Drumsticks and Whistles – Help

If you’ve visited my little blog, you know I am hooked on Indian food. That being a given, I have a couple of questions I’ve tried to answer by googling but can’t! Perhaps some kind soul will wander by and answer:

1. If you peel fresh drumsticks, do you avoid having to chew and discard the hard spines?

2. Approximately how long is a “whistle” on a standard pressure cooker?

If anyone can help I would be most appreciative.


  1. Nabeela said

    Hi Linda,
    The hard spine of the drumstick is NOT supposed to be eaten even when you have peeled it slightly..or your stomach will protest 🙂
    Only the yummy seeds and the pulp inside are to be eaten.
    As to your second question, a “whistle” differs from cooker to cooker….so I’d say go for about 10 mins or more for drumsticks.

  2. Vaishali said

    Hi Linda,
    As Nabeela has already pointed out, drumsticks are not to be eaten with the spine. As for the whistle, it is best if you let the whistle go off. I always time the pressure-cooking, because my 18-month-old daughter is very scared of the whistle and also becaue I have heard that it is a ‘more correct’ method. If you are asking this in connection with the drumsticks, my suggestion would be to cook them in water on stove-top with a pinch of salt added to it. Pressure-cooking them can at times give you only a big lump of drumstick mash. You don’t want that.
    Hope this helps.

  3. Priya said

    Hi Linda,
    I came by a blog from Priya’s. And just I had mentioned at her blog..I just love this template with its wonderful color-scheme.
    As for your Q’s (1) Drumsticks are generally not peeled. They are boiled in water with some salt/in tamarind water/ along with the dal/ as the recipe demands. Cooking it this way makes the vegie absorb the flavor of the liquid. So in the final dish, chewing the druwmstick releases this flavor making the eating process more enjoyable.
    In India even Sugarcane is cut into tiny pieces and chewed to release the juice. This way of eating is also an excercise for the gums and its good for teeth too. Its just another way our elders made sure we took care of ourselves thru their cooking methods.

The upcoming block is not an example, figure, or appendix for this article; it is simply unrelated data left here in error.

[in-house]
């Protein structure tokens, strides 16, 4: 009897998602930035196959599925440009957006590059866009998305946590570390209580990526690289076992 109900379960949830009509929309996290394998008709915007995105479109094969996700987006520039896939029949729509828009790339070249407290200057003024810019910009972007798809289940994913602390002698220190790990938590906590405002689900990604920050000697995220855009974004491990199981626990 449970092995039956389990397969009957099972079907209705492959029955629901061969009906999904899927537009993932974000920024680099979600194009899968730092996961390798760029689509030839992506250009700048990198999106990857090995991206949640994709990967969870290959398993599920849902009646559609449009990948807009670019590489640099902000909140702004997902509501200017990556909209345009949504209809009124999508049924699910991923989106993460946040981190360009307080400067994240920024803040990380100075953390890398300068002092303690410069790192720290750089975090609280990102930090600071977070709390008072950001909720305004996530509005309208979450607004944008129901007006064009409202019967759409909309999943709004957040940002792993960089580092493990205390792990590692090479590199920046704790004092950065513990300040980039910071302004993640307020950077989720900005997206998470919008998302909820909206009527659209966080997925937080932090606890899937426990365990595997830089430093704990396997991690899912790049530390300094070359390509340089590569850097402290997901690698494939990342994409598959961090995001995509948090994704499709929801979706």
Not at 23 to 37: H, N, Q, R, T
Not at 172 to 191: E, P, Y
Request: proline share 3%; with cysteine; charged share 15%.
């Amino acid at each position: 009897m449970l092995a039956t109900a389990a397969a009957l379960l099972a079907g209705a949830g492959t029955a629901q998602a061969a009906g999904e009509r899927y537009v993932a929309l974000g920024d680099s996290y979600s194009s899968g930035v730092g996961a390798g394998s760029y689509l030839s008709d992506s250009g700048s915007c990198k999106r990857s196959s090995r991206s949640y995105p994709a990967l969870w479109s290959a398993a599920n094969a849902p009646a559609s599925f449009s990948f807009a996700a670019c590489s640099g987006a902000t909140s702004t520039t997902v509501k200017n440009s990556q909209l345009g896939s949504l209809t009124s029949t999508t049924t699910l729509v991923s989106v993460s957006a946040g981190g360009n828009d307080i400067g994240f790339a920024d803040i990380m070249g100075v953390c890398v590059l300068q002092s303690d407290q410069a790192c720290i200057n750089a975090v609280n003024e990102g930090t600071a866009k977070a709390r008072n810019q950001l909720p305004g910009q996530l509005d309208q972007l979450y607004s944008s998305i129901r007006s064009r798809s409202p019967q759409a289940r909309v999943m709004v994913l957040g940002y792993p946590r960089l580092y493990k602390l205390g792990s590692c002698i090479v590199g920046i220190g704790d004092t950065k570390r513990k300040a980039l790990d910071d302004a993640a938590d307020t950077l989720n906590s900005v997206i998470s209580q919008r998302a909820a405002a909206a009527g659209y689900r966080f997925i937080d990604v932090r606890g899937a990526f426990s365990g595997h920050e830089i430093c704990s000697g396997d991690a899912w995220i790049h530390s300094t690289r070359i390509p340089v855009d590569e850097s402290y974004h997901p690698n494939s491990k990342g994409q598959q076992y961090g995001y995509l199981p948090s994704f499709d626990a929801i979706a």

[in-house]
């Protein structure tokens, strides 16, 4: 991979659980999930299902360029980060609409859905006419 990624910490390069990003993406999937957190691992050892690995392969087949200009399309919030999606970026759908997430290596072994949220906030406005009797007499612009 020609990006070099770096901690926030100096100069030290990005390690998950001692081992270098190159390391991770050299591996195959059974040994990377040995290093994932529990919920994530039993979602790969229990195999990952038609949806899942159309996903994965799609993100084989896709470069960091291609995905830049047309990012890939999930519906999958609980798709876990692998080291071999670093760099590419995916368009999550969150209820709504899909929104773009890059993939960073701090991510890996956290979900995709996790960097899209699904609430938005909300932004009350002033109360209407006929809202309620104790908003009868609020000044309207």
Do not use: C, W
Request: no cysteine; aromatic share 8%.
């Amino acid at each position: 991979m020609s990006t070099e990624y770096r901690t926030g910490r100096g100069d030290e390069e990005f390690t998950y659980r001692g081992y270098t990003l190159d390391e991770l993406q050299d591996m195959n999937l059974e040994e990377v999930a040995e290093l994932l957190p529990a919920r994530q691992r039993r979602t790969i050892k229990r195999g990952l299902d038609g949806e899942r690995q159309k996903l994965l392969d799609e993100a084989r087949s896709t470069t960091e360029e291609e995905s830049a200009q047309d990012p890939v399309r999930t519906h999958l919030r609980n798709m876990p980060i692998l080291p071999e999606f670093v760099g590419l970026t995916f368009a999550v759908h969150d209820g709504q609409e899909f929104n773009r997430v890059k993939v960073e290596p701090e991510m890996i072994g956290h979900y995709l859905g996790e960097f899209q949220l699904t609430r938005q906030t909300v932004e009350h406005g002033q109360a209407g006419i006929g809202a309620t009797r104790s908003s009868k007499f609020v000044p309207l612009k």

U can also just boil and then scoop the seeds and inner pulp if you prefer not to use the vegie as a whole.
    And as for the “whistle”, most ‘pressure cookers in India come with a weight on top of the pressure vent that releases the steam as it builds up inside the cooker. And the number of whistles just implies the cooking time. As a standard most cookers in India take 3 whistles for rice n dal, 2 for veggies, 4 for mashed potatoes or dal and so on. So its just a way of telling how much u need to cook the particular ingrdient. If u have a different cooker, just follow the instruction booklet and u’ll get to know by experience.
    And for drumsticks u could easily boil them in a saucepan with water as Vaishali has suggested.
    Hope I havent written more than u had asked for and bored u 😉
    Happy Cooking

  4. Hi Nabeela, Vaishali, and Priya,

    Thank you all for your expert advice and experience – one of these days I am going to get lucky and find some drumsticks – now I’ll know how to cook them. I have only had them canned 😦

    And no, Priya, I’m not bored! The more info the better 🙂

  5. Indosungod said

    1. you cannot peel drumstick like you would an orange for example, the pulp is embedded in the spine of the drumstick, cut them into about 2 inch pieces so you can easily pop one into your mouth chew and take in the pulp and spit out the spines. What comes to my mind when eating drumstick is when you sometimes chew the thick stem of an asparagus and have to spit out the chewy fibers.